The San Diego Zoo, long a landmark tenant in Balboa Park, began there in a pinch.

The zoo began as an answer to what to do with all the animals leftover from the Panama California Exposition — or, as Balboa Park archivist Richard Amero put it, the “mangy and diseased animals in cages left over from the 1915-16 exposition that nobody else wanted.”

Many of the buildings constructed for that exposition weren’t supposed to be permanent, either. They’d been built without foundations, as stage-set-style shells for exhibition space, meant to be torn down when the fair wrapped up.

But something gave the city more time to procrastinate tearing down the temporary buildings: World War I. The Navy converted the exposition buildings and site to a training center in 1917. San Diego had been working to woo the military, and here was a suitable place for housing and training recruits. The city shared the space for free.

These war years represent a period of extremes — celebration and public expression in two expositions, sandwiched with military takeovers.

The park, set aside in 1868, had long sat uncultivated. Trees and flowers and the 1915 expo had finally invigorated the city to see its park as a public jewel.

Then the military took it over, training soldiers to swim in the lily pond in front of what’s now the Botanical Building and hosting dances in the Plaza de Panama.

Then the city threw another expo in 1935.

Then the military took it over again.

We’ve been surveying the park’s history, digging up controversies and big changes to the park since its inception. The City Council approved a major plan to remake the park’s western entrance with a new bridge and parking structure earlier this month after two years of passionate argument over the park’s historic character.

The Park’s Second Exposition

When the Navy first left after WWI, the city made plans to tear down the temporary buildings because rehabbing them to be safe cost too much. But civic leader George Marston and music maven Gertrude Gilbert pleaded with officials to save them.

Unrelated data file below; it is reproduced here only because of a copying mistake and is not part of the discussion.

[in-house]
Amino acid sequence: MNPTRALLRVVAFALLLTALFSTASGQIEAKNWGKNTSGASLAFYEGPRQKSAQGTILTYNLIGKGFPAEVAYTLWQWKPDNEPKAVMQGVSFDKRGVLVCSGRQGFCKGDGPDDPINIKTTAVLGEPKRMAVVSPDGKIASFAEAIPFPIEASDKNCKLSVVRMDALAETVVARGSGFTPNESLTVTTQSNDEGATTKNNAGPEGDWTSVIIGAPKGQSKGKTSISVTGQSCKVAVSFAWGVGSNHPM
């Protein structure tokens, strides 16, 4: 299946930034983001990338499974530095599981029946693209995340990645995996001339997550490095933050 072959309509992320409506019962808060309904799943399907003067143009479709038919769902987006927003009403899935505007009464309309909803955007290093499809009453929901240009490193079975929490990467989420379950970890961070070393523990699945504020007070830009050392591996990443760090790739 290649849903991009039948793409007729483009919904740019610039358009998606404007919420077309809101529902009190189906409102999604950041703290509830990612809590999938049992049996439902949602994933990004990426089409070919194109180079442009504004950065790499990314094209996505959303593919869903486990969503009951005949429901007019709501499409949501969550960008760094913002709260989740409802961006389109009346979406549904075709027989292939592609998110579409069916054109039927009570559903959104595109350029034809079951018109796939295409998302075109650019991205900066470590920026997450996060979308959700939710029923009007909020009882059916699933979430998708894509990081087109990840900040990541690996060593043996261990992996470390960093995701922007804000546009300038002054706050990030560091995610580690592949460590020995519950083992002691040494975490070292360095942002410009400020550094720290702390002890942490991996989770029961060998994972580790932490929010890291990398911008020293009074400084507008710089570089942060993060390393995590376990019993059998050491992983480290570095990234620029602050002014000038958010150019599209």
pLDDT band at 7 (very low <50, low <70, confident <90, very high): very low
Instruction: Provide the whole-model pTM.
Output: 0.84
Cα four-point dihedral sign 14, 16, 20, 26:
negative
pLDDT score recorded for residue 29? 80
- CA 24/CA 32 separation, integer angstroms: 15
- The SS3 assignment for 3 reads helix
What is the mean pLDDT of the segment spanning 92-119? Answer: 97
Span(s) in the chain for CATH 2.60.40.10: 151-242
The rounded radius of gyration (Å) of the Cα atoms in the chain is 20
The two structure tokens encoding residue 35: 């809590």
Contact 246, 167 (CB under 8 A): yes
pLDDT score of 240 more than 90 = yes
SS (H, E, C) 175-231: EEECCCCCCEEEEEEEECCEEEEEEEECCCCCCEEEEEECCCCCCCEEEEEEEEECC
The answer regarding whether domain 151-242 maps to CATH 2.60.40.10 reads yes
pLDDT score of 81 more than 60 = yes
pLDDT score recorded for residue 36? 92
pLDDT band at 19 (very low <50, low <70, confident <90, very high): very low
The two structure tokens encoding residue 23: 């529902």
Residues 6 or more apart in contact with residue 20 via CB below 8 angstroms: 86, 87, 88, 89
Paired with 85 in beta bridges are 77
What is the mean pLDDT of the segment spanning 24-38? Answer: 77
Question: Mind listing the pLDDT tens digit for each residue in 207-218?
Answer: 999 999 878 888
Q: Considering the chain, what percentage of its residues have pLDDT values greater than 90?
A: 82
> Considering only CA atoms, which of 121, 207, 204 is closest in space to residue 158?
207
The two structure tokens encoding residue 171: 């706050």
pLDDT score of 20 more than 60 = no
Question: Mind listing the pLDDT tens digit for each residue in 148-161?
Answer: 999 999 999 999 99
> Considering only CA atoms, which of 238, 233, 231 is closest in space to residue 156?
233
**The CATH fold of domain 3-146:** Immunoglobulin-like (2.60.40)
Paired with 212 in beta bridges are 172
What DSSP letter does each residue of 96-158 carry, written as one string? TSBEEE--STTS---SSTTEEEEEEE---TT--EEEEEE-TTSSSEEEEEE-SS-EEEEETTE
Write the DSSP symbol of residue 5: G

“At a public meeting, Miss Gilbert likened the plan to raze the buildings to letting a loved one die because it wasn’t convenient to raise money to pay the surgeon,” her biography at the San Diego History Center reads.

And a silver-tongued Marston added:

You may prove what you will in facts and figures about the shaky old buildings; the only answer is “They shall not pass.” Somehow, without knowing how to explain it, we are instinctively, subconsciously, incurably in love with them and will not give them up. It’s the grand emotion and is founded, I think, on something real and vital.

They succeeded, even figuring out a way to bring the cost down for the city. City leaders soon began dreaming of another exposition to bring people to the city and spend money in the local economy. San Diego was the first American city to receive funds from the federal Works Progress Administration — a federal stimulus program to try to pull the country out of economic recession. The expo stretched over 1935 and 1936, and many more buildings — designed to complement the 1915 style — by Richard Requa sprang up to join their predecessors.

“They really did pull San Diego out of the Depression with all of the revenue it generated,” said Will Chandler, a former curator at the San Diego Museum of Art and a park historian.

Balboa Park at War

But the Navy exerted even more control with its next takeover.

The federal government used war-time powers to commandeer the city park. Two days after Japan’s attack on Pearl Harbor, a naval commander wrote the city and named a handful of buildings. The Navy was looking for spaces to erect hospital beds for servicemen, and it needed more space than the existing naval hospital the city had deeded land for in the 1920s.

The military sent the buildings’ clubs, guilds and organizations packing from the House of Hospitality.

“Balboa Park, San Diego’s great 1400-acre cultural and recreational asset has gone to war along with the nation,” read the San Diego Union on Dec. 12, 1941.

A few years later, by 1943, the Navy needed even more buildings. It took over the Museum of Man, the Museum of Natural History and the Fine Arts Gallery, the predecessor to the San Diego Museum of Art. They’d soon be filled with thousands of beds for hospitalized servicemen. The museums packed away their exhibits and collections, taking some offsite and putting some in storage.

The city took the park over from the Navy on Oct. 1, 1946. But it would take months — and hundreds of thousands of dollars — to reclaim the park for public use after offering it to the military for the war years.

You can see historical photographs of the park’s military occupants on graduate student Jonathan Bechtol’s 2009 website at Cal State San Marcos.

Next up: Midcentury decades brought big new footprints in the park: freeways and a garbage dump.

I’m Kelly Bennett, reporter for Voice of San Diego. You can reach me directly at or 619.325.0531.

And follow Behind the Scene on Facebook.

Kelly Bennett

Kelly Bennett is a former staff writer for Voice of San Diego.

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